The Global Mobile Association's Development Fund was founded in October 2005 in order to catalyse the uptake of initiatives that use GSM technology for social, economic and environmental development. One of the Fund's first initiatives was the Emerging Market Handset (EMH) programme, which was geared at producing a sub-US$30 handset and reducing the total cost of ownership of GSM-based communications.
Motorola successfully tendered for the EMH programme, and the handset supplier's success has gone on to fund the early growth of the Development Fund. US$0.25 for every entry-level handset sold by Motorola under the programme is donated to the Fund, and as the number of projects and manufacturers come on board under various programmes, the amounts available for investment in socially responsible projects will also grow.
"The Fund is now involved in 10 different projects across Asia and Africa for the examination of alternative power supplies for cell sites, for example" commented Dawn Hartley, GSMA Development Fund Manager. "These pilots are currently taking place in Asia and Africa and we'll be moving into Latin America during the course of 2007," she added.
Last month the GSMA announced that 12 leading mobile operators had selected a multimedia phone developed by LG Electronics as the winning handset to spearhead the GSMA's 3G for All campaign, which aims to make 3G mobile services accessible to a much wider user base.
By agreeing on a common set of requirements, the 12 operators will enable LG to achieve major economies of scale in manufacturing, logistics and marketing. The LG-KU250 handset will be available at a wholesale price about 30% less than the typical entry-level 3G phone.
The LG-KU250 was selected from 19 handsets submitted by eight vendors. The handset will be available to all 3GSM mobile phone operators from 2Q07. The 3G for All campaign is the second programme designed by the GSMA to create economies of scale for handset makers and their component suppliers after the EMH programme.
Meanwhile, the Development Fund's exploration of alternative methods of fuelling GSM sites has led it to help operators pilot a number of substitutes including wind, solar and biofuels. "Total cost of ownership is often prohibitive in rural areas," explained Hartley. "There is no incentive for operators to expand there." Petro/diesel-powered generators are the primary alternative source of power to electricity derived from a national grid, and the move to pilot solar and wind alternatives is a step in the green direction.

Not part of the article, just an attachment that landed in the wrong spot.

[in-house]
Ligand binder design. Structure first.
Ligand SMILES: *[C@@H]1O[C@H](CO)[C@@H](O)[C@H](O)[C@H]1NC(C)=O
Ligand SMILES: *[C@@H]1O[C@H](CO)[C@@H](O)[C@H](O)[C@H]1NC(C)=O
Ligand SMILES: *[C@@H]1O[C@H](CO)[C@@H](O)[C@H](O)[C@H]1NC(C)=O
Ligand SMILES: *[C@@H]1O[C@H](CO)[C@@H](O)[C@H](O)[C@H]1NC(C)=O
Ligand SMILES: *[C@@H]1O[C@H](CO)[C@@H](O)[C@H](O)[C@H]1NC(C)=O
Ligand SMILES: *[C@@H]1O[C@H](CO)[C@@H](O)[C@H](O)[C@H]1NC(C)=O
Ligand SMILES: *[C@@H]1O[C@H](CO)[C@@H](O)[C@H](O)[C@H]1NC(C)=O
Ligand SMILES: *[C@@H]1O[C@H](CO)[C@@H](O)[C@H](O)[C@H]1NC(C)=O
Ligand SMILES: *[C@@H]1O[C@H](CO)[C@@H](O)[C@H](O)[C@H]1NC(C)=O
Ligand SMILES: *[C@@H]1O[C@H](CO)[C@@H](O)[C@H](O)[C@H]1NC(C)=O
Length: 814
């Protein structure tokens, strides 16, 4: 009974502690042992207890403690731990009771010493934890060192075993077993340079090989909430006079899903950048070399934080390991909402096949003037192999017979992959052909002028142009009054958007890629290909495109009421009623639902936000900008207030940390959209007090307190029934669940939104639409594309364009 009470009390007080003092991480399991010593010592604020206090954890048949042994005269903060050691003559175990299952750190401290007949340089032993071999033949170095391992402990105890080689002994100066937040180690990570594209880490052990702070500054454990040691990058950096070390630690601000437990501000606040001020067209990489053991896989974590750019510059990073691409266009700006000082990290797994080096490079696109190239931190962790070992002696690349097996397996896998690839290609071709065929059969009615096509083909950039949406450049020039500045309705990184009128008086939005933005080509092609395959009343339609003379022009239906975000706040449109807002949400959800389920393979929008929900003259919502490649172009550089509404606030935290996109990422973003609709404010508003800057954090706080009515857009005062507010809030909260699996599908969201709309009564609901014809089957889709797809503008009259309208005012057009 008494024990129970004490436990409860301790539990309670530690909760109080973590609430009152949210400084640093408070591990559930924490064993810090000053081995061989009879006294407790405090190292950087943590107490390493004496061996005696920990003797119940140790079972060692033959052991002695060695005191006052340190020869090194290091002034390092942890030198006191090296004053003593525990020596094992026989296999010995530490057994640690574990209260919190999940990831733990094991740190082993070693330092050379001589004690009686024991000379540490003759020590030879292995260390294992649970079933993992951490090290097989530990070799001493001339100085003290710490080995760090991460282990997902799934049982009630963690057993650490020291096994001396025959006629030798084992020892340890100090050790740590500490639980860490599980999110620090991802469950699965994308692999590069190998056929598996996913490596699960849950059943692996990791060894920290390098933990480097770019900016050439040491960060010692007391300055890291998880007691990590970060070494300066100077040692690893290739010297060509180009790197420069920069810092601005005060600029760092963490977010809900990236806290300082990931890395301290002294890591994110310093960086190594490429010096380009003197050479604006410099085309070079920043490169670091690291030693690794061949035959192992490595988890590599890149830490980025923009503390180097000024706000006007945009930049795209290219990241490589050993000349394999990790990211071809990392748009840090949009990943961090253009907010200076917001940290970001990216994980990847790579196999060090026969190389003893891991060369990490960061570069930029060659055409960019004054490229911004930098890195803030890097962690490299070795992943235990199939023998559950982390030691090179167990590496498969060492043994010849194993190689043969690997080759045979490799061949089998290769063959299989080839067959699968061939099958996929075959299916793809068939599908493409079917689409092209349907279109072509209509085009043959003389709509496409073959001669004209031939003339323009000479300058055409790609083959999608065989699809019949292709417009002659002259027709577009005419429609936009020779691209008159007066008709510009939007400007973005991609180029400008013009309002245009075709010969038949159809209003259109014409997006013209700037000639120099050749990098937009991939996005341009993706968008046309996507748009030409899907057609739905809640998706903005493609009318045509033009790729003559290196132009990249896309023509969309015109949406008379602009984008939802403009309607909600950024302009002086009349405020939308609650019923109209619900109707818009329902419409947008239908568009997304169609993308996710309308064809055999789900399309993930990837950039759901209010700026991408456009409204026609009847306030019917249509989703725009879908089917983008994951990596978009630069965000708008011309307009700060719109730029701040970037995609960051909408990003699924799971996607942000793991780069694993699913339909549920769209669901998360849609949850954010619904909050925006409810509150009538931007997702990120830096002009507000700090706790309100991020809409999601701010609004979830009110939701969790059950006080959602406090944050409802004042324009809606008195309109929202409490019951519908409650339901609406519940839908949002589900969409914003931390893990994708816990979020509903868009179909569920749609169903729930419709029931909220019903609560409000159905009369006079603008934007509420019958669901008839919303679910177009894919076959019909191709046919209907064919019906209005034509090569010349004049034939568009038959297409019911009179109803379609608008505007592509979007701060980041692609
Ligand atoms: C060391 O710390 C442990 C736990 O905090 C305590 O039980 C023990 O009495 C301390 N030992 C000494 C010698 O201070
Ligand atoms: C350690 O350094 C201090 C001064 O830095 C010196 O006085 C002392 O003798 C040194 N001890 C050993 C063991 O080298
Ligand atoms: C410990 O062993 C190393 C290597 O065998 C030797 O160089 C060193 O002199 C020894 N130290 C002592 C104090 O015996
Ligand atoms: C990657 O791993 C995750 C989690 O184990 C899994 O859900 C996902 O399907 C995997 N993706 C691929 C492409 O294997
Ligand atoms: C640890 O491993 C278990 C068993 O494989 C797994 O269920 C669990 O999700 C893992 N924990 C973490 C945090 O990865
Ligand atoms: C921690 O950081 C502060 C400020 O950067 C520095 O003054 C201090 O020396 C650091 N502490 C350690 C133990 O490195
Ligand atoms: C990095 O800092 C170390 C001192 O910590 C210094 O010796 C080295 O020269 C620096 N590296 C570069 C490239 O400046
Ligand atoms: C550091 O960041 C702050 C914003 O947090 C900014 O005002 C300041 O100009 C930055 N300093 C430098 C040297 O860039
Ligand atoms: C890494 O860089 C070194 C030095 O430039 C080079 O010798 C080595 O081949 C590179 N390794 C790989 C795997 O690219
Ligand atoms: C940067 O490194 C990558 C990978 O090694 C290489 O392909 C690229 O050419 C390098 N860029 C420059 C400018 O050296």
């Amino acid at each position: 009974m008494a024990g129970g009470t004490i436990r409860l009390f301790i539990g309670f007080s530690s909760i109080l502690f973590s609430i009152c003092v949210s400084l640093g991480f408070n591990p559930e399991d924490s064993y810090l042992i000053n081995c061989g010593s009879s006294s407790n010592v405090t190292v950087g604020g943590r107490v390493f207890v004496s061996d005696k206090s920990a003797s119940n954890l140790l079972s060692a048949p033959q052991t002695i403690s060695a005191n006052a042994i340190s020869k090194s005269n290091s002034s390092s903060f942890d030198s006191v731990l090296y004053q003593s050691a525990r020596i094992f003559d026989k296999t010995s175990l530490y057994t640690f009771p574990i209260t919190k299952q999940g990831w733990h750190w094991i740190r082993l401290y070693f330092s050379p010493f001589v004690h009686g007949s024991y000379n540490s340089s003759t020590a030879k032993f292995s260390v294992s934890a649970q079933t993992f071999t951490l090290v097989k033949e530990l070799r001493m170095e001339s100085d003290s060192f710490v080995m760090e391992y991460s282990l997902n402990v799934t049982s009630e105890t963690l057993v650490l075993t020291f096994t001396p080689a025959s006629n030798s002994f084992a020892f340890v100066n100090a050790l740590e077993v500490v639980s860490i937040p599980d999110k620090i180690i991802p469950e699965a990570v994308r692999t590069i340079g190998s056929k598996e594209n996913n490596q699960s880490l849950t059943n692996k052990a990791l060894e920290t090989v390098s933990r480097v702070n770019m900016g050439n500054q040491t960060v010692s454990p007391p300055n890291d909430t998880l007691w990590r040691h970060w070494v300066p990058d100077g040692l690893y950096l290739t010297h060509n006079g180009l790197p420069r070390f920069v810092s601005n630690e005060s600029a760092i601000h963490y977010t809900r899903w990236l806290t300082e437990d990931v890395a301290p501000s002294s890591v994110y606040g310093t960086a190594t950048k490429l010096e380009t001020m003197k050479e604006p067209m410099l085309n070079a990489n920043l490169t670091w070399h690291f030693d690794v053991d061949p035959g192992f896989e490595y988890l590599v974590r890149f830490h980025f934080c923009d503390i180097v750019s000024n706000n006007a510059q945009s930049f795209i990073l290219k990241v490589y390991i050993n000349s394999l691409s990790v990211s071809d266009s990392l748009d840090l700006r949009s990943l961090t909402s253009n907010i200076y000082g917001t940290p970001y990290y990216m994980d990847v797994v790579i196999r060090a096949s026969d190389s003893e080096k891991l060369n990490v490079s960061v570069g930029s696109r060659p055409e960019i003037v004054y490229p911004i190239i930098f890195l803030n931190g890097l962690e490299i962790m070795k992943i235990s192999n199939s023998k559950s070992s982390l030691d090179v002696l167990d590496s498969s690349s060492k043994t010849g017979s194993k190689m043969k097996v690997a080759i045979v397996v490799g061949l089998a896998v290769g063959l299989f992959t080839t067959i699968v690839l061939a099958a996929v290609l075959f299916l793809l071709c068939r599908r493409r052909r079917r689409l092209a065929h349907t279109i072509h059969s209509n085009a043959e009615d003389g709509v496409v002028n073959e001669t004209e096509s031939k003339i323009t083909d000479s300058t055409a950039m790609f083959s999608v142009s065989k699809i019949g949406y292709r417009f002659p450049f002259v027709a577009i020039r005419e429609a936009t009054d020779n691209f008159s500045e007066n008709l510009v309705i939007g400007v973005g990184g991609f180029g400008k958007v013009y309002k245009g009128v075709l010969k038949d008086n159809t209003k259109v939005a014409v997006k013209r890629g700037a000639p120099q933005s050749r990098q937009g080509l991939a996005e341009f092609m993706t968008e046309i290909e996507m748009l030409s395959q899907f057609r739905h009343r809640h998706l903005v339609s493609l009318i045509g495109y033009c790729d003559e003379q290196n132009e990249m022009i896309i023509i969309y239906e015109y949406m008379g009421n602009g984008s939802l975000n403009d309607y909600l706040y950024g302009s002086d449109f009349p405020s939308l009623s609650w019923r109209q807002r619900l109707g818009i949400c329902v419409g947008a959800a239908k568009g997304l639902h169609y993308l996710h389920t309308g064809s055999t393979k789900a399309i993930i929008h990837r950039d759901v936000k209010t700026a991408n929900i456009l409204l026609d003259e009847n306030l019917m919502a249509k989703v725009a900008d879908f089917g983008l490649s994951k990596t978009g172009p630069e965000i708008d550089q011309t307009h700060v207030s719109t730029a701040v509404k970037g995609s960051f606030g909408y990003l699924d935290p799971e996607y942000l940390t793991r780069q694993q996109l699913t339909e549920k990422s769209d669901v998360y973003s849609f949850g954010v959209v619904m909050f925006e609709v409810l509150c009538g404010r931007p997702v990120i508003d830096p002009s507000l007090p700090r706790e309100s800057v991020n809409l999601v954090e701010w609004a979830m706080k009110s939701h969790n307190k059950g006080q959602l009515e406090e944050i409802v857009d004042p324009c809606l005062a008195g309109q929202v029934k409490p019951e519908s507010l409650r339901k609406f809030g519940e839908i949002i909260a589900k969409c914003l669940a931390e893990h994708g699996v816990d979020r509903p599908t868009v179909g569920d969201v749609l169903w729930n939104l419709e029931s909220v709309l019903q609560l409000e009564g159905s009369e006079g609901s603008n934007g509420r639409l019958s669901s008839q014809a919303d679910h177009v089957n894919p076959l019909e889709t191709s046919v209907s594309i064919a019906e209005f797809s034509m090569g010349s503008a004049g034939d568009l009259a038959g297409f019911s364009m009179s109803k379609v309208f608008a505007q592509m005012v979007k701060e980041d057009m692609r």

"Sometimes one has to wait up to 18 months for power connections from the national utility,' explained Jochen Traut, MTC Namibia's general manager of operations and regulatory affairs. "If you have a base station situated in a remote area, it can cost several thousand Namibian dollars per kilometre of gridline to the right location. With the hybrid solar and wind solution, pay off for the investment can be achieved within six months, easily," Taut added.
MTC Namibia is the country's first and only mobile operator, and launched services in 1995 as a partnership between SwedFund, Telia and the Namibian government. The Swedish investors sold their 49% stake in 2004 and in June 2005 Portugal Telecom acquired a 35% shareholding, while the Namibian government continues to hold the balance. A further 15% is set to be made available to local indigenous partners.
The operator counts approximately 620,000 subscribers in a population of around 2 million. The GSM network extends to 92% of the population but just 65% of the geography of Namibia, as a result of the country's vast landscape. Given the remote nature of some of the less inhabited areas in Namibia, MTC Namibia has already faced problems with regards the theft of solar panels at some of its sites.
At the end of January, the operator reported losses in excess of N$600,000 (US$85,000) with the theft of 51 solar panels in the Caprivi region of the country. The losses were incurred between December 19, 2006 and January 17 alone, and the GSMA Development Fund has a private-public-partnership in place to develop surveillance solutions in 10 countries in order to reduce the incidence of theft.
MTC Nambia's latest alternative power pilot scheme saw it entering an agreement with Motorola and the GSMA to conduct a trial for wind and solar power systems to support its remote GSM cell sites. The trial is expected to run from April-July 2007 and involves the installation of a wind and solar solution at an operational MTC Namibia cell site where the solution will become the electrical power source for the site. The cell site will remain a part of MTC Namibia's current wireless network and continue to carry the same levels of traffic.